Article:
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The canvas can do miracles, baby

Sunday 7/12/20

Okay, let's get ready for the tomorrow, and the most intense five weekdays yet of this career. Today marked 214 weeks, or 1498 days, without a drink. I walked twenty miles, ran the BC stairs ten times. Here we play the Week Game, but if we extend the parameters a touch, then going back to last Saturday, I have walked and ran a combined total of 110 miles, and ran 15,600 stairs. And written many pieces, both fiction and nonfiction, done the pods, the radio, these blogs. I know I can beat these people. I absolutely can beat these people. And I know I am getting closer.


This is a park in Brookline behind an old church that reminds me of England. I stopped there today. I used to walk this park at night during the early days of my career. My calves seem freakishly large. I hope they do not look that way.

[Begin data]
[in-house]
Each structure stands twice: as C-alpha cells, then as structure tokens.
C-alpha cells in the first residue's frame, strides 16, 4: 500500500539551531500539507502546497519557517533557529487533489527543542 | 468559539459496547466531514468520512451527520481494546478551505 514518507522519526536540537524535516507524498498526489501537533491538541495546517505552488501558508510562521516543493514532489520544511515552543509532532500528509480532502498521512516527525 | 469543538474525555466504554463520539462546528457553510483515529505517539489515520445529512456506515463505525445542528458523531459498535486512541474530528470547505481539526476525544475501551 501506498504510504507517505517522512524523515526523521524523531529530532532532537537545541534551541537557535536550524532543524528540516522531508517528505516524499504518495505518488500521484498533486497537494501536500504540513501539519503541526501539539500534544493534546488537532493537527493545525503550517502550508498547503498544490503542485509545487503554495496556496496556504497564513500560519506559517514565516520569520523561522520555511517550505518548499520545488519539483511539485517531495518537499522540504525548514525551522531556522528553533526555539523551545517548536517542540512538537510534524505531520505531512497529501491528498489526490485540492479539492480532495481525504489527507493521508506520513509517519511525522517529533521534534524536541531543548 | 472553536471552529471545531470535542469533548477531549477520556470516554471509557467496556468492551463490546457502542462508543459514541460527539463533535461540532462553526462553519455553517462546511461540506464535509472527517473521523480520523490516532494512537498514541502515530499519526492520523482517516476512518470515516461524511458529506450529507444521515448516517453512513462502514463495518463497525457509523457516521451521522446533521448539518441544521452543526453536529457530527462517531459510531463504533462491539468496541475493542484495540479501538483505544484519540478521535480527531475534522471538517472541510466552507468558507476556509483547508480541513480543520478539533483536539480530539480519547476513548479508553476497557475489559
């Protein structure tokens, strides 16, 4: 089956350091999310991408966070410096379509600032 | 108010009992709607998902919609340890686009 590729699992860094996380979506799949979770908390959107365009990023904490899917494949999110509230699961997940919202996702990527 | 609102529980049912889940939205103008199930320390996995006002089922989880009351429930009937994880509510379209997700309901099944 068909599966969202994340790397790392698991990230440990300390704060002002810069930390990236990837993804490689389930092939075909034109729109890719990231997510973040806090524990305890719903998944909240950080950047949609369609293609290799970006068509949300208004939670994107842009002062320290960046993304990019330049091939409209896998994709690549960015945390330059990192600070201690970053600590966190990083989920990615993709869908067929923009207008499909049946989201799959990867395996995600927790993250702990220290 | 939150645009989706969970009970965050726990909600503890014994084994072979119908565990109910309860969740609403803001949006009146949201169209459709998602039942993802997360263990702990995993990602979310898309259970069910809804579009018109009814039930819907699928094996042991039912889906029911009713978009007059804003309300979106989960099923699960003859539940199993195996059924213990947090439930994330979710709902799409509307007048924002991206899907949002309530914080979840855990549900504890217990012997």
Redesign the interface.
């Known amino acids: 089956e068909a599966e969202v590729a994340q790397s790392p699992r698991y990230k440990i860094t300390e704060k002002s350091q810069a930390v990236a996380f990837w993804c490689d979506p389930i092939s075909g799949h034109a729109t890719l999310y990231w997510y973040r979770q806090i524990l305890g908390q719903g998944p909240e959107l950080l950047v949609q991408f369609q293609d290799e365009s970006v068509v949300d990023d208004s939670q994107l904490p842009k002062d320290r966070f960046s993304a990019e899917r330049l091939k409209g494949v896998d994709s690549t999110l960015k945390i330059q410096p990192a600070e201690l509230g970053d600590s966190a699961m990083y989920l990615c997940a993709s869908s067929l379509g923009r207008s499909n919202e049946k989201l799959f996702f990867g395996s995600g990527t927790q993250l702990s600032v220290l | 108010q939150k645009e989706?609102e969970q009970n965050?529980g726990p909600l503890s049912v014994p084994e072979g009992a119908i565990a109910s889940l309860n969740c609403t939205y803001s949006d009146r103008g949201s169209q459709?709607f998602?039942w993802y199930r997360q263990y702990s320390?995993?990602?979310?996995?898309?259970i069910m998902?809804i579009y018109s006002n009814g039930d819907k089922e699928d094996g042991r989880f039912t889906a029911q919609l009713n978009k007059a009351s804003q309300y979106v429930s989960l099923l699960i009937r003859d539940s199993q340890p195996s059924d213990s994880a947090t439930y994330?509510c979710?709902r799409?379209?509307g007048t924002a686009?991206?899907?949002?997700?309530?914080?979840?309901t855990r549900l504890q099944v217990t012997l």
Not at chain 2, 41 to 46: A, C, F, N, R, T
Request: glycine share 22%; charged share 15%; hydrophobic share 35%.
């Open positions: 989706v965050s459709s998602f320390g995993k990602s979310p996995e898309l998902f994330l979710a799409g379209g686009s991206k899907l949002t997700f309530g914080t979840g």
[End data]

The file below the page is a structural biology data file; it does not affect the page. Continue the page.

Today is Thoreau's birthday, and thinking about him caused me to think something important about my novel The Freeze Tag Sessions, which I will return to when this clump of projects is done. I want to get Musings with Franklin, Cheer Pack: Stories, and Glue God: Essays (and Tips) for Repairing a Broken Self out the door, off the books, on their way into the world. The latter two books are completely done, and once someone signs on for Franklin, I'll give it the push it needs for completion. I have enough stories to show for Longer on the Inside: Very Short Fictions of Infinitely Human Lives, but I have not formally assembled the book yet, though I have all of the material. This week is about the Sam Cooke book and edits on If You [ ]. A few lines from Thoreau's journals: “I stopped short in the path today to admire how the trees grow up without forethought regardless of the time and circumstances. They do not wait as men do.” Never wait. Live your life like a thrown knife. Which will be the name of another book of mine, but that's down the line.


I usually have a hat on in photos, and my sister remarked something about that today. Actually, there will be an entry soon about my Vaccines beanie, and why I wear it. It's not some simple thing. But here I am hat-less from late this afternoon.